North Cascades – Turf and Surf

Sahale Arm, Sahale Glacier
Sahale Cloudscape : Prints Available

After a long night of heavy rain battering our Sahale Glacier camp, a brief sun break pierces layers of clouds and ridgelines from Sahale Arm. The tarn in the foreground is catching runoff from the glacier above. Our stormy experience was an anomoly this season, a parched summer of little rain and fire.

After a wonderful evening of presenting Sage Spirit to an enthusiastic Braided RiverMountaineers audience, we set out for the North Cascades, winding up our trip on Orcas Island, in the San Juan Islands off Washington’s northwest coast. More than half of the glaciers in the Lower 48 are in the North Cascades and North Cascades glaciers are retreating subjects of intense study. The Cascades aren’t as tall as the Rockies, but the vertical uplift from the Pacific Ocean is dizzying – Mount Baker rises over 10,000 feet and accumulates a deep snowpack from Pacific flows in winter (except last winter, when it barely snowed at all). And you feel all of that vertical in your legs. The trek to Sahale Glacier camp was a 4,000 foot ascent from deep Douglas fir/western cedar forest to the land of rock and ice. Unfortunately, we saw little of the Sahale area, as a pretty rough storm pinned us in our tent for 18 hours or so. Happy to see the earth quenched for the first time this parched summer, we descended and sought solitude in the Mount Baker Wilderness, then the San Juan Islands just off the coast. There’s so much here! Want to read a great book about the North Cascades? Check out The North Cascades – Finding Beauty and Renewal In The Wild Nearby by Braided River. The images that follow are but a quick glimpse, just enough to whet our appetite for a more in depth study.


Our view from Sahale Glacier camp, one of the finest views of any camp in the land…but not this day.


Marla descending Sahale Arm, a long, beautiful alpine ridge that extends from Sahale Mountain.


Dusky grouse along the Sahale Arm trail. Dusky’s used to be called blue grouse or pine grouse, and were recently renamed. They’re the only species of the North American grouse family with a stable population.


Camp on Excelsior Peak with a commanding view of Mount Baker. (10,781′) Mount Baker Wilderness, WA.


Klymat – don’t buy these pads! The holes are intentional and the pitch for a super lightweight, packable to the size of a soda can air mattress is persuasive. The problem is when the part that isn’t holes gets a hole and you sleep on the rocks. We’re going back to our Big Agnes mattresses.


Baker Forest and glacier. From our high camp, we could just study our surroundings without going anywhere. Here, forest abruptly meets the rugged alpine landscape of rock and ice at the base of Mount Baker. (10,781′)


Mount McClure (6,587′) and Canadian border peaks at sunset. We were sandwiched between Baker and this scene on the High Divide.


Baker sunset. Mount Baker (10,781′) catches the very last warm light of the sun setting in the Pacific.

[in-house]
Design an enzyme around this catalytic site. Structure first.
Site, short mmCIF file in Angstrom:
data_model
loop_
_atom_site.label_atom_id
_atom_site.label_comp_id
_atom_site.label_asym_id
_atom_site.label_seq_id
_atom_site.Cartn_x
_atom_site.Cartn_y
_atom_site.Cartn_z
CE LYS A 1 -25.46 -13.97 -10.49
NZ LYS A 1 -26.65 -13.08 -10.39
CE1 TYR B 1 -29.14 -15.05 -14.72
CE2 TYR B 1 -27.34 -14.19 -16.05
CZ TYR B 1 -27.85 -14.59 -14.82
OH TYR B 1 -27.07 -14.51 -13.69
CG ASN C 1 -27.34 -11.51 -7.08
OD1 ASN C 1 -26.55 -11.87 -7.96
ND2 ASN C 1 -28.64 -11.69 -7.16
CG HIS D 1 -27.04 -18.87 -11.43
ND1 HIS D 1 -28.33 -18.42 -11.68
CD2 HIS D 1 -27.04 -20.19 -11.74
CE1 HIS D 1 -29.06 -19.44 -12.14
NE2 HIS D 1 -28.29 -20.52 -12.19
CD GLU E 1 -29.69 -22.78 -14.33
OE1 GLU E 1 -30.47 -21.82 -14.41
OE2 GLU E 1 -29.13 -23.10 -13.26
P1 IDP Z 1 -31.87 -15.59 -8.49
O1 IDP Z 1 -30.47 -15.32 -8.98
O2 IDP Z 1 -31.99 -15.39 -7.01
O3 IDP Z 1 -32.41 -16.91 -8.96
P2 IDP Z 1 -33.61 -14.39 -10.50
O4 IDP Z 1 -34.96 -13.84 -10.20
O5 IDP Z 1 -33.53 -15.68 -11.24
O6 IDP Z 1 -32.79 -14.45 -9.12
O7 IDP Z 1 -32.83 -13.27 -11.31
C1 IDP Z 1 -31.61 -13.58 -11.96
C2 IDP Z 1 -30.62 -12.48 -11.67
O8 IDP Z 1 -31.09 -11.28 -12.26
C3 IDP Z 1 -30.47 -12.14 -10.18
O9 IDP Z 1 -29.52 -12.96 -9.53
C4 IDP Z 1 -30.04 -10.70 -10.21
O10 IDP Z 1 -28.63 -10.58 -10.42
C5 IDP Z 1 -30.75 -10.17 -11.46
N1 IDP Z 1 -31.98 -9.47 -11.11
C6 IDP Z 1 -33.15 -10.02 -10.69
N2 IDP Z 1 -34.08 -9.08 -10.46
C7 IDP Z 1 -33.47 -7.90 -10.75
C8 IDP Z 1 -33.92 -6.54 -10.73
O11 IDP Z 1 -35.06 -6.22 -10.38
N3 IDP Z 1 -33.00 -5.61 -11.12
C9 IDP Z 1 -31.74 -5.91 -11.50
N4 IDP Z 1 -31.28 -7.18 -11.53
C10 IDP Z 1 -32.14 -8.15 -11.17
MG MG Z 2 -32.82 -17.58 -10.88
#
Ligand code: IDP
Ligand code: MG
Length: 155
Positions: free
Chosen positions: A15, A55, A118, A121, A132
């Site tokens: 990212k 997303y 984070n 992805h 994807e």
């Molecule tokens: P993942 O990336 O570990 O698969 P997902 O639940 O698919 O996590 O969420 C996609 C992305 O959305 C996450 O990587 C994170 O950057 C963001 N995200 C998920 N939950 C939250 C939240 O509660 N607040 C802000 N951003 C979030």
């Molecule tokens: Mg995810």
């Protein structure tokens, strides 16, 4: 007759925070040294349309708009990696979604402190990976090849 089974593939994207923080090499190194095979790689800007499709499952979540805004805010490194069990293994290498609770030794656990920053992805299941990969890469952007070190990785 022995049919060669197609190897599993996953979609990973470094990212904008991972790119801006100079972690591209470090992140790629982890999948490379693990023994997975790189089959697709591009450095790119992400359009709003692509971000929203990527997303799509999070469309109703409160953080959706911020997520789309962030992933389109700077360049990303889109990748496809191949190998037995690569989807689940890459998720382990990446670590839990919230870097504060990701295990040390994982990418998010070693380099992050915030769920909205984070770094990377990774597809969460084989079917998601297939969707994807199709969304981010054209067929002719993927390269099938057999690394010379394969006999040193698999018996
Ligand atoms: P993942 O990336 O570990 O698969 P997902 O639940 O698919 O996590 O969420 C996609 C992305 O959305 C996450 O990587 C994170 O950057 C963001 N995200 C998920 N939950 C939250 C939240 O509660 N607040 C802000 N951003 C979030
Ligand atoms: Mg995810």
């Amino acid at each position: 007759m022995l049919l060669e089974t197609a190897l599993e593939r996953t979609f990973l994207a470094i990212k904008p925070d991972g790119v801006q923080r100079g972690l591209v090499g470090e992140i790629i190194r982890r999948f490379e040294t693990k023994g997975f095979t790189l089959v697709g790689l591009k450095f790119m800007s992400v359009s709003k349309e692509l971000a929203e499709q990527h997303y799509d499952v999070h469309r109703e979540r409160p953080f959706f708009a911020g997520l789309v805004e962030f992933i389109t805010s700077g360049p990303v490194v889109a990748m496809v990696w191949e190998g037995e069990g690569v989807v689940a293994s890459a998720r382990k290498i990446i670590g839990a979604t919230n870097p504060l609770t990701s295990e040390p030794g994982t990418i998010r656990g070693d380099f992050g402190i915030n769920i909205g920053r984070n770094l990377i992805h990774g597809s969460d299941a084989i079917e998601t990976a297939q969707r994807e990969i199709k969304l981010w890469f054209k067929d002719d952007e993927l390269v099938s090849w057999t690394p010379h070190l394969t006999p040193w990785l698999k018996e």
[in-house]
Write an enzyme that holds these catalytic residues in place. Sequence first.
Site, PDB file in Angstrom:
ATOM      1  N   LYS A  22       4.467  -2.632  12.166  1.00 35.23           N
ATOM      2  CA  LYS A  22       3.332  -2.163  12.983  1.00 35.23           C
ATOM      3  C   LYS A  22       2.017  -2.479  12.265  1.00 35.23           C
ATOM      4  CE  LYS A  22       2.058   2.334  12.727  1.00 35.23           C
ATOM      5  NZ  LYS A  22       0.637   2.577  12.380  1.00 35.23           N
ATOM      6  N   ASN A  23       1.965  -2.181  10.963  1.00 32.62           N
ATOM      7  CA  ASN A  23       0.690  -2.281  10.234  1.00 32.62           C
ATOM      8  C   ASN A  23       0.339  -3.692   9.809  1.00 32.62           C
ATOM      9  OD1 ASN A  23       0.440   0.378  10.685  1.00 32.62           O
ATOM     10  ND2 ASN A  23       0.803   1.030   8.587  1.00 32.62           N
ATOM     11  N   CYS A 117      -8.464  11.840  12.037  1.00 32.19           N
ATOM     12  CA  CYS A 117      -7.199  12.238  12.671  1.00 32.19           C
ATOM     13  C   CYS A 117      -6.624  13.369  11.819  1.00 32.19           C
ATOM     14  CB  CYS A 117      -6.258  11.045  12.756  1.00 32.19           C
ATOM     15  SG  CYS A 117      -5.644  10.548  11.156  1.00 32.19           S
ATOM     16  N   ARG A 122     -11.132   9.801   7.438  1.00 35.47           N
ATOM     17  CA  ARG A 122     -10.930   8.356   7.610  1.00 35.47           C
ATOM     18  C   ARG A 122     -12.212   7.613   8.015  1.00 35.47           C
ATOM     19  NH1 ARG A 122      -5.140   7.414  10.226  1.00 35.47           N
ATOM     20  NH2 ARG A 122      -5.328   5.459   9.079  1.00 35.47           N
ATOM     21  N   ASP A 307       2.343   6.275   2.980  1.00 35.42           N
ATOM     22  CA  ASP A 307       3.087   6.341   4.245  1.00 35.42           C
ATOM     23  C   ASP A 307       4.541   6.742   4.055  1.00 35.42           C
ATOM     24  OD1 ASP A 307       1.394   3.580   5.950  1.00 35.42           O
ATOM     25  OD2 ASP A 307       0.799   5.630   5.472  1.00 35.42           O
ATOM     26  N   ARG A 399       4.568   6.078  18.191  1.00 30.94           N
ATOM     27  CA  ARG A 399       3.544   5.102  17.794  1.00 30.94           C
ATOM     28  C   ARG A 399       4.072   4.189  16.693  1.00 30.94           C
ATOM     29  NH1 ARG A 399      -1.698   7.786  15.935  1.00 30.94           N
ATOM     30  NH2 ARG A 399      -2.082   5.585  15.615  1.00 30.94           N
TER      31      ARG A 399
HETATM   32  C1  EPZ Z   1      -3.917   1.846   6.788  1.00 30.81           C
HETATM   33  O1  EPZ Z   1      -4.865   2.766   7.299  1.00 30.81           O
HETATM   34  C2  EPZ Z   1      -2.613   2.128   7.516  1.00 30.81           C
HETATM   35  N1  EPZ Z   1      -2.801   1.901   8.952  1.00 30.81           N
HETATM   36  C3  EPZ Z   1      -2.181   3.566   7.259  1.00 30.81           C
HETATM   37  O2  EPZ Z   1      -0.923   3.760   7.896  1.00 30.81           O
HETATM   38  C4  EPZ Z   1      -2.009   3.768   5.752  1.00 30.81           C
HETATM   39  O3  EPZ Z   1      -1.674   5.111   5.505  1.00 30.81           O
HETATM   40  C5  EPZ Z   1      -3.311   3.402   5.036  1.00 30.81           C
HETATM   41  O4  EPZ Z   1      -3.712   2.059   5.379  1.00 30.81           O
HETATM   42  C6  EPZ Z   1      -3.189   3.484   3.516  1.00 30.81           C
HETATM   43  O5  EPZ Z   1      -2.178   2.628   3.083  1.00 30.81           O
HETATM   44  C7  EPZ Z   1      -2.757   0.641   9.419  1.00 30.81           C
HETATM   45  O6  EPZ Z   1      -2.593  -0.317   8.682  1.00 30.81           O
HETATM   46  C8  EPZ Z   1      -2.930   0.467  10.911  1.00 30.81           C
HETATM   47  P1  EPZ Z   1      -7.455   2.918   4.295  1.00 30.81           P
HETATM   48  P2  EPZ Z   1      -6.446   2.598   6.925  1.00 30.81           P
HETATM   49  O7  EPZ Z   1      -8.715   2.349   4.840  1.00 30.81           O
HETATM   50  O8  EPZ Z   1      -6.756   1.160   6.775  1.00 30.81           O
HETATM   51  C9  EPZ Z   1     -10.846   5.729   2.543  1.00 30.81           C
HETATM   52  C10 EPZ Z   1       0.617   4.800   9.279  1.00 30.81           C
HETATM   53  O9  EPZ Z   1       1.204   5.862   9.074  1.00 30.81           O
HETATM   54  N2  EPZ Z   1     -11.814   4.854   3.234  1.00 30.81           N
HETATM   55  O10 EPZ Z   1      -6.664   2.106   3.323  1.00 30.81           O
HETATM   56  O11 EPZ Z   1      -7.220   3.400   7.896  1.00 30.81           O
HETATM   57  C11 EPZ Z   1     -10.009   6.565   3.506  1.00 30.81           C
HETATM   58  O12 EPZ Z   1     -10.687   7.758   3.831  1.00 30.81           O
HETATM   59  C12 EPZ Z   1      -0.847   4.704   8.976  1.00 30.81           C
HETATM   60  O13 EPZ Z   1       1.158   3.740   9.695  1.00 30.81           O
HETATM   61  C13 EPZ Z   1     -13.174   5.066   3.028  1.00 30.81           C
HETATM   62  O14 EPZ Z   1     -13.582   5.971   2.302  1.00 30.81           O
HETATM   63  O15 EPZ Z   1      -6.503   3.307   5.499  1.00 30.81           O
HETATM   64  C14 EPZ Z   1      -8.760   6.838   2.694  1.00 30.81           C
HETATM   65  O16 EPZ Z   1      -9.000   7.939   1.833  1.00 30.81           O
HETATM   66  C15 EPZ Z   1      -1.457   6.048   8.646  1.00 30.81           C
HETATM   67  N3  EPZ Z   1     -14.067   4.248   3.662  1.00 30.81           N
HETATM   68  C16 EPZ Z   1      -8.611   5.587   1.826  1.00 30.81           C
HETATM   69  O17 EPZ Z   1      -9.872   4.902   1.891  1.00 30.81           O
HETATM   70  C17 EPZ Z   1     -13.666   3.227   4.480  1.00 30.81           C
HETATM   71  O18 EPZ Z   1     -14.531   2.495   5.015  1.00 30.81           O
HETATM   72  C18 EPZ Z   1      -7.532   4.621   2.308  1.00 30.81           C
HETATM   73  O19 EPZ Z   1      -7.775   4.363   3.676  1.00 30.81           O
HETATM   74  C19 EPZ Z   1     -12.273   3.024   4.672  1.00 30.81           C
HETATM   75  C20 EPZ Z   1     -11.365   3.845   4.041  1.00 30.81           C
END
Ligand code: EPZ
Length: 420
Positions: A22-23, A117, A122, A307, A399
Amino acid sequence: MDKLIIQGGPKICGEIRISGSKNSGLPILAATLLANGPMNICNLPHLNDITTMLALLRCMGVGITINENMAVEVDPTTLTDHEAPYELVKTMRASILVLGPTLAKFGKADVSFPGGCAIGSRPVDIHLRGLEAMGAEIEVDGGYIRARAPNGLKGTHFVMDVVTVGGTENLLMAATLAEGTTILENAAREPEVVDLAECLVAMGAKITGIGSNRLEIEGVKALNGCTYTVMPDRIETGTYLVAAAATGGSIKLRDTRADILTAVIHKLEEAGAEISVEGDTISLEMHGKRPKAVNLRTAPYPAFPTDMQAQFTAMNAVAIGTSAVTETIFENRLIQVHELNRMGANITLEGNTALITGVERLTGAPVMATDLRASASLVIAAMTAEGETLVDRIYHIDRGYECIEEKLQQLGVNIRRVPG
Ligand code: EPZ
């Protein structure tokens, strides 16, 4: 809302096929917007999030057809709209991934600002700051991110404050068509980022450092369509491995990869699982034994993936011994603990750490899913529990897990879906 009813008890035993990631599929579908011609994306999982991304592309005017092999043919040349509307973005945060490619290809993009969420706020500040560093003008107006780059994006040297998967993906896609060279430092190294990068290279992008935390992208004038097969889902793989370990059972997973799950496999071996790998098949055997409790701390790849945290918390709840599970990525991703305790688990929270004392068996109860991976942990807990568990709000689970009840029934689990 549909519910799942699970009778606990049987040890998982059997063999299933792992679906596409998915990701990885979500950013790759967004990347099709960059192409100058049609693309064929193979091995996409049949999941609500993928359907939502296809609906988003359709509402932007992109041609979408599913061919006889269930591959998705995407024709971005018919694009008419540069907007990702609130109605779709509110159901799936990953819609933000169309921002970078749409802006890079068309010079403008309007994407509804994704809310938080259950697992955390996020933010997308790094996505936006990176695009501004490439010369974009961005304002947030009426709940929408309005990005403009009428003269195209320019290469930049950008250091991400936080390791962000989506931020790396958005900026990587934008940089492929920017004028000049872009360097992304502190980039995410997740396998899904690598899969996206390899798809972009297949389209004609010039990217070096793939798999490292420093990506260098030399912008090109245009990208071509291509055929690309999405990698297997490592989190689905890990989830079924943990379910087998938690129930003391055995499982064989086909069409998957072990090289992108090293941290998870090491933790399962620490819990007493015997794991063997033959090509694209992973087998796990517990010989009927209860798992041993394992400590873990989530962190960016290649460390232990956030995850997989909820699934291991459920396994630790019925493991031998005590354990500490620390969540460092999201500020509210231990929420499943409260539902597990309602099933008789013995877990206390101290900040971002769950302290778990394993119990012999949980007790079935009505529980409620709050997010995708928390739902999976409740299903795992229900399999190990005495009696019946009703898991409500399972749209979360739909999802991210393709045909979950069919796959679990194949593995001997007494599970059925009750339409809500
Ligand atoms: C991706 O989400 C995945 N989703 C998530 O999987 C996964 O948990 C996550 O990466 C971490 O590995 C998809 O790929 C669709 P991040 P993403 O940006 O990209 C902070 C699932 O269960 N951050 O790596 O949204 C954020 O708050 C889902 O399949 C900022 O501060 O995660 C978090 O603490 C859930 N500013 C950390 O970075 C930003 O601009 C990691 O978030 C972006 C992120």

Shuksan Sunrise Brushstrokes. Low clouds in the Nooksack Valley look like brushstrokes of white as first light grazes Shuksan’s northeast face. Mount Shuksan (9,131′) is one of the most iconic peaks of the North Cascades and viewable from many perspectives.


“Wifey” If you point the camera over your shoulder, it’s not a selfie, it’s a wifey. We went for a 3 hour sea kayak in Doe Bay on Orcas Island with Shearwater Kayak Tours, an awesome change of pace.


Zack, our kayak guide for the day has led trips here for 8 years and was both kayak guide and naturalist, a wealth of information.


Doe Bay Kayaking. Heading back to land, our kayak is pointed directly towards Mount Baker. Doe Bay, San Juan Islands, Washington


Mount Baker and North Cascades Range from Mount Constitution summit (2,409′). Moran State Park, Orcas Island, Washington. Shipbuilder and former Seattle Mayor Robert Moran donated the land for Moran State Park in 1911 – which is so remarkable in today’s developed world. Viewing Baker’s rise over the sea from this vantage point is staggering, such an impressive mountain over a sea of jagged, wild peaks. It was all Marla’s idea to go up to Constitution for sunrise and such a fitting way to wrap up our expedition. Later that morning, a pod of four Orca whales cruised past our beach in East Bay, an inspiring sendoff.

15 thoughts on “North Cascades – Turf and Surf

  1. Deeeeelightful trip with you! Great job capturing all aspects of it, dry and wet! We will go back to Sahale Glacier at some point for the amazing view……

  2. Great! Love the images. Glad things went well for you at the Mountaineers and Braided River. The six years I spent in Washington were wonderful, but I soured on the Mountaineers when they opposed getting grizzlies back into the Cascades. You might want to check out the Ptarmigan Traverse some time. Not for the faint of heart.

    1. Thanks Bob, and I’ll be looking up the Ptarmigan Traverse – I bet it’s gnarly. I’m also intrigued about grizzly bears in the N. Cascades; one was photographed a few years ago.

  3. Awesome! Glad your presentation went well and that you also got out in the wilds. I’m dying to get back to the Cascades, especially after seeing these! The first shot is sweeeet!

  4. Beautiful images as always, looks like you had a nice adventure, truly enjoyed Dave’s presentation, and it was so good to see you both. Take care!

  5. It’s gorgeous and I like to see all the beauty of your travels and backpacking.
    This was especially good for me to see you enjoying the beauty and getting great pictures and also not working so hard and playing a little in your kayaks and being tourists.
    Luv, Effie

Leave a Reply

Your email address will not be published. Required fields are marked *

This site uses Akismet to reduce spam. Learn how your comment data is processed.